The kids at school pointed and whispered. Said he’d made orphans overseas. Watching people explode had turned him inside out.
Quiet as a wish, he carved up our kitchen table. Hacked it into figurines. Splintered bodies with round mouths. No eyes.
Afterward, we took nearly silent suppers squatting over linoleum, corners curling. The dolls were heaped in the corner not watching. I asked if he shot children over there. Ones who looked like me.
Hush that, mama said, spooning beans onto plates. I wondered if they brought to mind shrapnel. Pieces of people.
Once, while Mama bought time at Winn-Dixie, daddy slogged whiskey down his throat. Finally, unstrangled. I sat cross-legged, twitching to be filled with secrets.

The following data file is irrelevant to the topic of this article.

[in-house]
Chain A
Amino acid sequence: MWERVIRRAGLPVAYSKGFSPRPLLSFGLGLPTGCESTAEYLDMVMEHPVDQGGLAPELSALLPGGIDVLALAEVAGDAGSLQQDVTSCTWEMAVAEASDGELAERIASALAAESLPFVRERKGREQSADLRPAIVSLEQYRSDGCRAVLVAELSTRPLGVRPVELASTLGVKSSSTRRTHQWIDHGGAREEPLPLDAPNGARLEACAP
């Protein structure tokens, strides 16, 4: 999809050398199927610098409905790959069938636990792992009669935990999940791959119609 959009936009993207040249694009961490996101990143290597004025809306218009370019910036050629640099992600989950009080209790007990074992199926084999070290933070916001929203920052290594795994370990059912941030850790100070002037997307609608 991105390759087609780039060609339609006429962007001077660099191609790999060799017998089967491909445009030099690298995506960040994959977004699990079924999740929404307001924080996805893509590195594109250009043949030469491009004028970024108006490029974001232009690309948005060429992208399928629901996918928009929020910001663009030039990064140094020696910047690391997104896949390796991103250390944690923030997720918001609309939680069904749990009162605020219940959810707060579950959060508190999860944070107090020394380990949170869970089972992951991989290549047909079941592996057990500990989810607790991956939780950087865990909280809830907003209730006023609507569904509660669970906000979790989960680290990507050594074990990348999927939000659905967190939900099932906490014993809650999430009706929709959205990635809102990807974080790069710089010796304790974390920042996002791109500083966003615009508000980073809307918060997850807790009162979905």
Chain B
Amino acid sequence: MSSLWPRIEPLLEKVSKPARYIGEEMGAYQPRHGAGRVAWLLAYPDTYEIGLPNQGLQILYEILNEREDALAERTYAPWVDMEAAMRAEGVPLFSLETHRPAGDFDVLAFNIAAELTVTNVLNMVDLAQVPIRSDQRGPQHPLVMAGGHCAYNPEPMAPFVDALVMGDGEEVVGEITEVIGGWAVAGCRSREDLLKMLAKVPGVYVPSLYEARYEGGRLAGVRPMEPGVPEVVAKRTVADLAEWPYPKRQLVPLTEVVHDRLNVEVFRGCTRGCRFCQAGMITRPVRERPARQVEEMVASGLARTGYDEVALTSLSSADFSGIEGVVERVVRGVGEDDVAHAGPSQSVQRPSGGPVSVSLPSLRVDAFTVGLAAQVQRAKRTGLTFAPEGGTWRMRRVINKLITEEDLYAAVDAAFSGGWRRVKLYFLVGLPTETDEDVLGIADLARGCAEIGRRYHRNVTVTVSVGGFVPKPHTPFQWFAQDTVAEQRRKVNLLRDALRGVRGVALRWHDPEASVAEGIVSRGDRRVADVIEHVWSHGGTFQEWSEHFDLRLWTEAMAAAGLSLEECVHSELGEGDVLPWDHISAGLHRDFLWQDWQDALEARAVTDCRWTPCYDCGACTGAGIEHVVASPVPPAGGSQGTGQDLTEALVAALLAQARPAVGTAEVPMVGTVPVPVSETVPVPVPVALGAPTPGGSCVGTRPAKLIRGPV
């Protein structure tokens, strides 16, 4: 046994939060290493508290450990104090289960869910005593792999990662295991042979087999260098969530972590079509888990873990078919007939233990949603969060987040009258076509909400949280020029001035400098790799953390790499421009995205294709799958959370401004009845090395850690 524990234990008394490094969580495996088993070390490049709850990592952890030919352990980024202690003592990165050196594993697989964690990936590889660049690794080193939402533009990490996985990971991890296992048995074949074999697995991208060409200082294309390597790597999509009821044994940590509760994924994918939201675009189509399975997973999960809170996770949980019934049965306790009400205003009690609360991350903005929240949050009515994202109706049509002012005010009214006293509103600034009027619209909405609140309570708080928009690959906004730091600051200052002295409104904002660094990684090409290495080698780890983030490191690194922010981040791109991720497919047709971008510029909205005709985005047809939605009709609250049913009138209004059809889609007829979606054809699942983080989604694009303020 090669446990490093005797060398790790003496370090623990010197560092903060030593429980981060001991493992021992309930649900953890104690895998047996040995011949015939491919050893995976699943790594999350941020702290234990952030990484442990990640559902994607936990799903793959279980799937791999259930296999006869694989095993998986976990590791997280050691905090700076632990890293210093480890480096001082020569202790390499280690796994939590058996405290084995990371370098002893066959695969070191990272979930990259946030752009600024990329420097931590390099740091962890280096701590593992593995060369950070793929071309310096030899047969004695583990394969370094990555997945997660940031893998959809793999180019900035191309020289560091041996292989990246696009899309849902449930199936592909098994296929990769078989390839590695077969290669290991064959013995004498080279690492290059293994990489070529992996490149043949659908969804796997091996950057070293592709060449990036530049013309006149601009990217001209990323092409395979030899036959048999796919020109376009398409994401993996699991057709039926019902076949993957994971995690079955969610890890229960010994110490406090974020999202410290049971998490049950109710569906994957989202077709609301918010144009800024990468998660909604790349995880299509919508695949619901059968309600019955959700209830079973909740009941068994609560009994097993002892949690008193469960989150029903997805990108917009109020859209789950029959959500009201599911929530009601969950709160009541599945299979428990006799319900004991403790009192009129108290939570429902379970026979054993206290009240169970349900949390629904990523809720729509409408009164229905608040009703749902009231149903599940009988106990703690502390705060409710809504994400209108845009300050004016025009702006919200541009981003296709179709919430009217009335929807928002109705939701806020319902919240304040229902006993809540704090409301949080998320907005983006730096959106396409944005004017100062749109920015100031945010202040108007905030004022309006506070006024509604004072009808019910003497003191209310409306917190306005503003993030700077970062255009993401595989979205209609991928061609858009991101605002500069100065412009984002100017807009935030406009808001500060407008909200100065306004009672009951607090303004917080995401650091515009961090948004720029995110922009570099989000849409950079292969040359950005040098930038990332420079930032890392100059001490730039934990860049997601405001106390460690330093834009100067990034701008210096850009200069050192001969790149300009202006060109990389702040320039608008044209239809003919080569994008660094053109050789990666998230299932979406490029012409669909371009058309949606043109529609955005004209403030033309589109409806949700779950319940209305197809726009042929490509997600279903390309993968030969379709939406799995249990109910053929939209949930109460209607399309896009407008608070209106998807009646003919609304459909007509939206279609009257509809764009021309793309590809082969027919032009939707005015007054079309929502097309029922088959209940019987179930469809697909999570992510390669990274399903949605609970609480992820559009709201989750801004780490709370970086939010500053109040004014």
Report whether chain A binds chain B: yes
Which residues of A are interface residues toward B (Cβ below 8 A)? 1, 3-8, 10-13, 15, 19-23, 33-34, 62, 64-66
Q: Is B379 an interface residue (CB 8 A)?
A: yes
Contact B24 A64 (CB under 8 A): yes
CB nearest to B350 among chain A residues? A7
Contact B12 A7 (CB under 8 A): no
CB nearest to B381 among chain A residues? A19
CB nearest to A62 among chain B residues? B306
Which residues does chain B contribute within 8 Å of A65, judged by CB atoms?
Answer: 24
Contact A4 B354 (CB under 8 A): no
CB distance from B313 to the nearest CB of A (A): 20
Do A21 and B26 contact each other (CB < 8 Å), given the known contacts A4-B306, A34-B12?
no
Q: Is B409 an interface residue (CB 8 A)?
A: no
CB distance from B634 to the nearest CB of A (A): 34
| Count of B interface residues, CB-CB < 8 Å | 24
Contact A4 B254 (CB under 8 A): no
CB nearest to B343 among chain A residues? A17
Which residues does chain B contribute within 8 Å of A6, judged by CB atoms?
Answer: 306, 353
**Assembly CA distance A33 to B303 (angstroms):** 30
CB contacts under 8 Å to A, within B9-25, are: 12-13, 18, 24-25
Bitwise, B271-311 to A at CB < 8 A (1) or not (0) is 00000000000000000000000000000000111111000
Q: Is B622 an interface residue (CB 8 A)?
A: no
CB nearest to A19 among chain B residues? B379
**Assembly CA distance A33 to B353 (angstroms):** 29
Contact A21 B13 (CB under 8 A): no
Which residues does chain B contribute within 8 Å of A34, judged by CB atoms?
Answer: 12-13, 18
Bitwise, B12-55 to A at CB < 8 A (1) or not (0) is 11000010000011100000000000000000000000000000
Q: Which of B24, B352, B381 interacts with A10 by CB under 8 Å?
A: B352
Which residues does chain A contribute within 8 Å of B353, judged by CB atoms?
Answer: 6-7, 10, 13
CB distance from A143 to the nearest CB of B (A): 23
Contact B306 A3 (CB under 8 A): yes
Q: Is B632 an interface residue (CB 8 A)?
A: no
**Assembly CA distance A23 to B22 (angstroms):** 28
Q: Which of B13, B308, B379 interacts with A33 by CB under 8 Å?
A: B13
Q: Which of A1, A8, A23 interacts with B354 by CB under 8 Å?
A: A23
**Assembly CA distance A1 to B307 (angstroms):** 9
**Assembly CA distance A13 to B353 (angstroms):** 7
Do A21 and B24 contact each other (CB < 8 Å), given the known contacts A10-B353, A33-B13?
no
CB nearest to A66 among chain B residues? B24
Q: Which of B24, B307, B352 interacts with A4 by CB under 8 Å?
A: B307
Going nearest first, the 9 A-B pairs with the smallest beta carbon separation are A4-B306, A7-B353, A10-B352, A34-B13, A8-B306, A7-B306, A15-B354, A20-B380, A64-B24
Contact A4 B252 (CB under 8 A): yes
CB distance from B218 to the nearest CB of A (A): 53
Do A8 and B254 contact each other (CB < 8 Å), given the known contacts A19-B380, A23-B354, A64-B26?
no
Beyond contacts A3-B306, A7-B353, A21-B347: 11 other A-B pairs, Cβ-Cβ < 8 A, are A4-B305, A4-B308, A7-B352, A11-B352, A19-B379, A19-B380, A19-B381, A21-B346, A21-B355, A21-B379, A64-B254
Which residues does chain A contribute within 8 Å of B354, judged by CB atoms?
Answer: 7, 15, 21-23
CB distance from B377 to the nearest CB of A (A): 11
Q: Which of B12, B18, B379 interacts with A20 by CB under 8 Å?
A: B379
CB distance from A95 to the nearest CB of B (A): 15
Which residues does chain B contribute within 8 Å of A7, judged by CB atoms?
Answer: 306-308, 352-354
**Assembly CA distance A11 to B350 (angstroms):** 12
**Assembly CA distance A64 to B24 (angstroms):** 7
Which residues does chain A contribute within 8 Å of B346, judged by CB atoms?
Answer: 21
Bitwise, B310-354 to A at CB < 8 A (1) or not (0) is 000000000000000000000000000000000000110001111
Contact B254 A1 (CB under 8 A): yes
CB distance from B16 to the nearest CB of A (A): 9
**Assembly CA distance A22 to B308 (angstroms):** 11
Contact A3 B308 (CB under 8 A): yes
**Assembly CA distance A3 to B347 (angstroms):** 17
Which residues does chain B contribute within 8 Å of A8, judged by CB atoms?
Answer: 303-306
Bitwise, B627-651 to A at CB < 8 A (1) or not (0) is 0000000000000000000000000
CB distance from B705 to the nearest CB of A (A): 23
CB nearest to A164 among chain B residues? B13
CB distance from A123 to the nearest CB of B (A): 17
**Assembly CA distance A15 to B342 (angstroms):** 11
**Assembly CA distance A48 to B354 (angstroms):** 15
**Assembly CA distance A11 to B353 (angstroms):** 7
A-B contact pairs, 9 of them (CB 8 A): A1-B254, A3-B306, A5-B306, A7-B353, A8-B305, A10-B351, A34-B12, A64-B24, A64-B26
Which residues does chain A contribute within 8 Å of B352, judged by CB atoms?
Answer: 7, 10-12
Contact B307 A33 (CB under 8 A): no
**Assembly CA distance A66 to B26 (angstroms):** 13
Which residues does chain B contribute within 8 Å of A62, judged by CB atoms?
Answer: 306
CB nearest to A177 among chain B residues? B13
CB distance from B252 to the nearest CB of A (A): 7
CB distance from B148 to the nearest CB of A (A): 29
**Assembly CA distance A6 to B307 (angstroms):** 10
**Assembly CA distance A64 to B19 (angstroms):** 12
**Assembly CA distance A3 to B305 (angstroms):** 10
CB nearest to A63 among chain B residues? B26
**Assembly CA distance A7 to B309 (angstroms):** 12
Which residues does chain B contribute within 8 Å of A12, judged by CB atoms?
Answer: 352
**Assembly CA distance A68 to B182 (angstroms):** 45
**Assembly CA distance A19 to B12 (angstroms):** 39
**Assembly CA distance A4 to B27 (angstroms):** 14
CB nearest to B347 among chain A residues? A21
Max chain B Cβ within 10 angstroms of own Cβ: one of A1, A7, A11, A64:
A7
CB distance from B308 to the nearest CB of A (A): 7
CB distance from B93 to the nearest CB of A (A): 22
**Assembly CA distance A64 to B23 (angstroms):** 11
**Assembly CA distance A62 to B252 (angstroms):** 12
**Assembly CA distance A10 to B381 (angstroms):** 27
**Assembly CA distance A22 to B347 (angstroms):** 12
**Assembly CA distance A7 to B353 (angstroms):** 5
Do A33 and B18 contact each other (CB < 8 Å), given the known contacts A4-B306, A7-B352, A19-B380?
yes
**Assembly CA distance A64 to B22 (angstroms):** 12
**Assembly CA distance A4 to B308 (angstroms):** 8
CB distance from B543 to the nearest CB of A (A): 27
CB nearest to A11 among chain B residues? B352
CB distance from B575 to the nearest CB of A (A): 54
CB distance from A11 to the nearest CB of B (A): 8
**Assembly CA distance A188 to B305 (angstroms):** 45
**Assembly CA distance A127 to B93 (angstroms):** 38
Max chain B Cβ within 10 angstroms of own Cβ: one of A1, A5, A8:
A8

His voice slick with memory: Monks ablaze. Flame-licked. Calm as nectarines.
He capped himself but not the bottle.
Still, my very own blooming postcard. Finally delivered. I turned it round and round in my mind until the edges softened.
Nights I curled by the fire. In yellow footy pajammies. Waiting to spark.